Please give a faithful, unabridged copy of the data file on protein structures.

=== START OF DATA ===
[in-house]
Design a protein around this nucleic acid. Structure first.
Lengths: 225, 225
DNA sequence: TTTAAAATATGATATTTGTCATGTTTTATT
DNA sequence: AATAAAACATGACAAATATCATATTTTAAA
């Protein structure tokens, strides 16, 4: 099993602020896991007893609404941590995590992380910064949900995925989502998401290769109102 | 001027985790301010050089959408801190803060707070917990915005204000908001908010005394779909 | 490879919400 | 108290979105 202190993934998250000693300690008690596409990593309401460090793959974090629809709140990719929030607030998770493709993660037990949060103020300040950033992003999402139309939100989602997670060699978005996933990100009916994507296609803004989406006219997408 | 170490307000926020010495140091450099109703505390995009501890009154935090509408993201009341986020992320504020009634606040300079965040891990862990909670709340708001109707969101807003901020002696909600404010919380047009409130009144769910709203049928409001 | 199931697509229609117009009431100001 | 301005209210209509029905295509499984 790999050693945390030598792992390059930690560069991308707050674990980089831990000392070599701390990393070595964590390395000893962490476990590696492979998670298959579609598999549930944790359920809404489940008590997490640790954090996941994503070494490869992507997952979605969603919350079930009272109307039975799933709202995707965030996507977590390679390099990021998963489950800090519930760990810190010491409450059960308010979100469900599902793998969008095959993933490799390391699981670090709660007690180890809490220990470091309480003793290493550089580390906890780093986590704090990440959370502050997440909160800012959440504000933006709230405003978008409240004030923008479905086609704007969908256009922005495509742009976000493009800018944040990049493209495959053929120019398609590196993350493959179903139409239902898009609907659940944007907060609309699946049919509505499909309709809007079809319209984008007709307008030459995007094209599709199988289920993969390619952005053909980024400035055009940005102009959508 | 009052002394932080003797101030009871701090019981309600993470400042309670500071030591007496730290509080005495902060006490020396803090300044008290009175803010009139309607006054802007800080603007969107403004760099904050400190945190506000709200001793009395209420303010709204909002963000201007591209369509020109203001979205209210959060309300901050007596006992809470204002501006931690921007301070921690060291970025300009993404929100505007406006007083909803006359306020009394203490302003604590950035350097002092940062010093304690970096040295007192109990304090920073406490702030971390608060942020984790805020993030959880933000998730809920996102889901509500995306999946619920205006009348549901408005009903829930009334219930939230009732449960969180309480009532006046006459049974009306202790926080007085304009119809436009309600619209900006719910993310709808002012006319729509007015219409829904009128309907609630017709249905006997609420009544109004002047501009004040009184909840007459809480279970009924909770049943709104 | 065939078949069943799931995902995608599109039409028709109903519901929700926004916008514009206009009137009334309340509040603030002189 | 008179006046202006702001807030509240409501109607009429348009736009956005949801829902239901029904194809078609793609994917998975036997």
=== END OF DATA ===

[in-house]
Design a protein around this nucleic acid. Structure first.
Lengths: 225, 225
DNA sequence: TTTAAAATATGATATTTGTCATGTTTTATT
DNA sequence: AATAAAACATGACAAATATCATATTTTAAA
């Protein structure tokens, strides 16, 4: 099993602020896991007893609404941590995590992380910064949900995925989502998401290769109102 | 001027985790301010050089959408801190803060707070917990915005204000908001908010005394779909 | 490879919400 | 108290979105 202190993934998250000693300690008690596409990593309401460090793959974090629809709140990719929030607030998770493709993660037990949060103020300040950033992003999402139309939100989602997670060699978005996933990100009916994507296609803004989406006219997408 | 170490307000926020010495140091450099109703505390995009501890009154935090509408993201009341986020992320504020009634606040300079965040891990862990909670709340708001109707969101807003901020002696909600404010919380047009409130009144769910709203049928409001 | 199931697509229609117009009431100001 | 301005209210209509029905295509499984 790999050693945390030598792992390059930690560069991308707050674990980089831990000392070599701390990393070595964590390395000893962490476990590696492979998670298959579609598999549930944790359920809404489940008590997490640790954090996941994503070494490869992507997952979605969603919350079930009272109307039975799933709202995707965030996507977590390679390099990021998963489950800090519930760990810190010491409450059960308010979100469900599902793998969008095959993933490799390391699981670090709660007690180890809490220990470091309480003793290493550089580390906890780093986590704090990440959370502050997440909160800012959440504000933006709230405003978008409240004030923008479905086609704007969908256009922005495509742009976000493009800018944040990049493209495959053929120019398609590196993350493959179903139409239902898009609907659940944007907060609309699946049919509505499909309709809007079809319209984008007709307008030459995007094209599709199988289920993969390619952005053909980024400035055009940005102009959508 | 009052002394932080003797101030009871701090019981309600993470400042309670500071030591007496730290509080005495902060006490020396803090300044008290009175803010009139309607006054802007800080603007969107403004760099904050400190945190506000709200001793009395209420303010709204909002963000201007591209369509020109203001979205209210959060309300901050007596006992809470204002501006931690921007301070921690060291970025300009993404929100505007406006007083909803006359306020009394203490302003604590950035350097002092940062010093304690970096040295007192109990304090920073406490702030971390608060942020984790805020993030959880933000998730809920996102889901509500995306999946619920205006009348549901408005009903829930009334219930939230009732449960969180309480009532006046006459049974009306202790926080007085304009119809436009309600619209900006719910993310709808002012006319729509007015219409829904009128309907609630017709249905006997609420009544109004002047501009004040009184909840007459809480279970009924909770049943709104 | 065939078949069943799931995902995608599109039409028709109903519901929700926004916008514009206009009137009334309340509040603030002189 | 008179006046202006702001807030509240409501109607009429348009736009956005949801829902239901029904194809078609793609994917998975036997």